While the industry continues to witness the fall of more traditional retailers (most recently, Sears), there are some key bright spots in the retail market.
According to Forrester, the projected growth rate for pure digital purchases in 2018 is $48 billion. The projected growth rate of in-store purchases that begin digitally is $69 billion. From a hard dollar standpoint, the largest dollar growth is from people starting their buyer’s journey online and then buying in a physical store.
But the majority of retail brands still approach digital and brick and mortar as their own channel silos, designing experiences for each independently of each other. This creates inconsistencies, annoyances and other roadblocks for customers as they navigate between the two, resulting in a sub-optimal customer experience.
Now add mobile to the mix (which eMarketer predicts will represent 74% of digital ad spending by 2020), and the situation is complicated further. Google has concluded that mobile consumers move through their journeys in spurts rather than sessions, and that the “micro-moment” is the new battlefield where brands achieve success or failure.
Being customer-centric is not just about doing digital well and doing mobile well and doing the in-store experience well—it’s about understanding these channels together and how they must interact to allow the customer to direct her own buyer’s journey.
Thankfully for consumers, some brands are getting it right, and they are the brands seeing continued growth (in spite of the supposed “retailpocalypse”). Here are a few examples.
Best Buy Invented Omnichannel
In The History of Omni-channel blog series, author Nikki Baird explains:
“…I think a lot of people forget or lose sight of the fact that omni-channel didn’t begin as omni-channel, or even cross-channel. It began as Customer Centricity. And the retailer who should get credit for putting Customer Centricity on the map is Best Buy.”
Best Buy gets the credit for the birth of omnichannel marketing and customer centricity because the company understands the critical linkage between digital, mobile and physical experiences. Integration of these channels puts the customer in the driver’s seat—lets customers shop how they want to shop—in a more traditional, linear approach to a purpose or through spurts of activities characterized by micro-moments.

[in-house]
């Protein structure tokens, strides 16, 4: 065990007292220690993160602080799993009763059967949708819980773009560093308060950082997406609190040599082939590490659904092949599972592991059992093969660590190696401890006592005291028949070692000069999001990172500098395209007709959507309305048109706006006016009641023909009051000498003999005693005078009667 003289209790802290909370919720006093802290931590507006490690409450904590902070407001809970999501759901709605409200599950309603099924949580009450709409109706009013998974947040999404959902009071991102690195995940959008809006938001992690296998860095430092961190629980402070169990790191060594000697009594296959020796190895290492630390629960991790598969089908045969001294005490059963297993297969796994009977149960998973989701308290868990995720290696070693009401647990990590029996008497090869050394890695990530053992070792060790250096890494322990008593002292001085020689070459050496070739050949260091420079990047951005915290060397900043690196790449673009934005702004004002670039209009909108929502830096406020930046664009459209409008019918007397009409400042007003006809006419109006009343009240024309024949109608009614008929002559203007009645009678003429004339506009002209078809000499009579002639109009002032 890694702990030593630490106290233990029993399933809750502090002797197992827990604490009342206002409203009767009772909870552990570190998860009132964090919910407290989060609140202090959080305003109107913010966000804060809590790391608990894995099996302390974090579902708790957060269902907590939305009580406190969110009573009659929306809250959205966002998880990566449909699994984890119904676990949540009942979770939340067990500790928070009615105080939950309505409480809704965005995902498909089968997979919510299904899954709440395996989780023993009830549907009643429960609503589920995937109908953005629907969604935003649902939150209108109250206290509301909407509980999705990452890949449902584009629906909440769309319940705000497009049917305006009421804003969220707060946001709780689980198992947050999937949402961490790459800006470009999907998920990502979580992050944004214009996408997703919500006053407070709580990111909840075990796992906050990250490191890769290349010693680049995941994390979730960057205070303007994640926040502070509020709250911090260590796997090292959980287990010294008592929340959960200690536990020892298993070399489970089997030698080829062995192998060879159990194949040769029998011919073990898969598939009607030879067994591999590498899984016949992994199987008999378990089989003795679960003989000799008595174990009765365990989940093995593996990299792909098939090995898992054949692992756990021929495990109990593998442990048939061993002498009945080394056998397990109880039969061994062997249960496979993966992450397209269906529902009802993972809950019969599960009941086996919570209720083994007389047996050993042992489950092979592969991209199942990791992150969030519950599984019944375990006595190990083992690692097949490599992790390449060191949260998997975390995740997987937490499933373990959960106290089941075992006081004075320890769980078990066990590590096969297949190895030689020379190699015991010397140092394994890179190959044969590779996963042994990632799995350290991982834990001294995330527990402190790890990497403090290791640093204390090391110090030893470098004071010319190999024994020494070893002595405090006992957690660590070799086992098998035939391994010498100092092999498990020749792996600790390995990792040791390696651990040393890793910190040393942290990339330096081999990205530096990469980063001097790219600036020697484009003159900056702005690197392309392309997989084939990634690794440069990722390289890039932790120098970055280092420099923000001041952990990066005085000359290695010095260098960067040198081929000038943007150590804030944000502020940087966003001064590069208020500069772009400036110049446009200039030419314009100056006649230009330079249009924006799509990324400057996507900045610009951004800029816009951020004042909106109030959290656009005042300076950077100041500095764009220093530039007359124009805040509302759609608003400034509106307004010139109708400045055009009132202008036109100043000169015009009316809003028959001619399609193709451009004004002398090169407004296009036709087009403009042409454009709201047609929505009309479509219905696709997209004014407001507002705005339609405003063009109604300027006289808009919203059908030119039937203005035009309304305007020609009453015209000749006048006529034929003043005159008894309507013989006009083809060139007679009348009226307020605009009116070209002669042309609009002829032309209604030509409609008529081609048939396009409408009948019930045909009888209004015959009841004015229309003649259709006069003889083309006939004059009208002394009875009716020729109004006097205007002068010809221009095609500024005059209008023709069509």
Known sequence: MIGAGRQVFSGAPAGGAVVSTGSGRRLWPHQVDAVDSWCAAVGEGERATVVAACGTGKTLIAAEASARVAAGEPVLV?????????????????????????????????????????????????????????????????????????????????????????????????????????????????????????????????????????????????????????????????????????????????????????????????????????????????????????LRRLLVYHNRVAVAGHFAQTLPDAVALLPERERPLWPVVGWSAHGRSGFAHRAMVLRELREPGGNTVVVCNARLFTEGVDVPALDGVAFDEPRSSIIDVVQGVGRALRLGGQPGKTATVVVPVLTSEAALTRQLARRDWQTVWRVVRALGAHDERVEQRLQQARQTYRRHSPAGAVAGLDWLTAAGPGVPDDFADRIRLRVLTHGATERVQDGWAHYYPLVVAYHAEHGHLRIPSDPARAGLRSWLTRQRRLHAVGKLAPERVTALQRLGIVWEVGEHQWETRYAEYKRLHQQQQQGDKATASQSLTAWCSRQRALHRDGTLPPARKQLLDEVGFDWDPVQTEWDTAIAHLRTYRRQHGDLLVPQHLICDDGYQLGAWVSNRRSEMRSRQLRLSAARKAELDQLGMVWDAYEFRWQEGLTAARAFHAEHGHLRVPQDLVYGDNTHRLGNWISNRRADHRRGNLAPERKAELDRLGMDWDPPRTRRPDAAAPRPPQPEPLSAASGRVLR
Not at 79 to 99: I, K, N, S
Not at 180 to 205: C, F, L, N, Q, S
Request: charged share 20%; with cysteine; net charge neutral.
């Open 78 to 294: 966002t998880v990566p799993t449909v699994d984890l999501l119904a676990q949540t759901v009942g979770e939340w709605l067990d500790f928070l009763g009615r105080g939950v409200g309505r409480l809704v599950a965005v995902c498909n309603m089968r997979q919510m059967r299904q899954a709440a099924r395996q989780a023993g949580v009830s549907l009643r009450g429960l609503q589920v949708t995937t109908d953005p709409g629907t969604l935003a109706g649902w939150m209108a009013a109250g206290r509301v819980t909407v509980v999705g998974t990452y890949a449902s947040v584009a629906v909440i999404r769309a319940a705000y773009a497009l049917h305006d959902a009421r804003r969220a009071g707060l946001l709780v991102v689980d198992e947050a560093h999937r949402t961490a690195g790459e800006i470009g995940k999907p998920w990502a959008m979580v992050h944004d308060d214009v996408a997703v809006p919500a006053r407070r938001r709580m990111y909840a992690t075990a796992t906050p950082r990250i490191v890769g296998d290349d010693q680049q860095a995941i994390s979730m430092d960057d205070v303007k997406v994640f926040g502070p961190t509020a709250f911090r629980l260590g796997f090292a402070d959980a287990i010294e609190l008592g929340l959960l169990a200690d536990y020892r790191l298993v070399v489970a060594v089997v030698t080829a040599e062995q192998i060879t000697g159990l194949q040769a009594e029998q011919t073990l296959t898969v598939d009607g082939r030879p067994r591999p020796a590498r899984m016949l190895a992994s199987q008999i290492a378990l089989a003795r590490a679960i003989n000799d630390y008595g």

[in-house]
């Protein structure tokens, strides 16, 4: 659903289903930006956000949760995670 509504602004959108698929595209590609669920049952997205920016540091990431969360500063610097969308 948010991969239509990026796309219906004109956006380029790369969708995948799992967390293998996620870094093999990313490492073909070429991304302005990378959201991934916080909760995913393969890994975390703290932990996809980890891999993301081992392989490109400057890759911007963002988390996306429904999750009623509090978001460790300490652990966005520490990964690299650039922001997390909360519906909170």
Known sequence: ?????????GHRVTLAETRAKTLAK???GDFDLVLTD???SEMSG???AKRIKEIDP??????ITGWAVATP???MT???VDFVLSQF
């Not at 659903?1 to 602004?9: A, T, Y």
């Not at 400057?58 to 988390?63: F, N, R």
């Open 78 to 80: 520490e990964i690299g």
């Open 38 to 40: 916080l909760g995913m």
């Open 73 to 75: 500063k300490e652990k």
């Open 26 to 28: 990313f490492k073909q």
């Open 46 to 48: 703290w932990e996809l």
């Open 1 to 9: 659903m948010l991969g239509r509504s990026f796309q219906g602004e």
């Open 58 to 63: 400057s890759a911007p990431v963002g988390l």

Many customers may want to do their initial research online and then visit the store to check out products, ask questions of the Blue Shirts and complete the transaction. But there are also customers that would rather have their TV delivered to their home after transacting in store (instead of lugging that thing out themselves). Some customers want the television NOW—they research options on their mobile app, choose a nearby store with inventory, transact within the app, then pick up within an hour at the store. Others check out products in store, while also comparing reviews and transacting on their mobile.
Best Buy’s mobile app encourages visitors to incorporate your local store into your buyer’s journey.
Buyer’s journeys are as unique as the individuals completing them, and Best Buy was one of the first brands to figure out the need to enable all of them seamlessly, for a customer-centric, omnichannel experience.
Casper Reinvents Mattress Shopping
Bed-in-a-box retailer Casper was born as a digital company, but the brand has seen so much success that they recently announced the opening of 200 physical stores.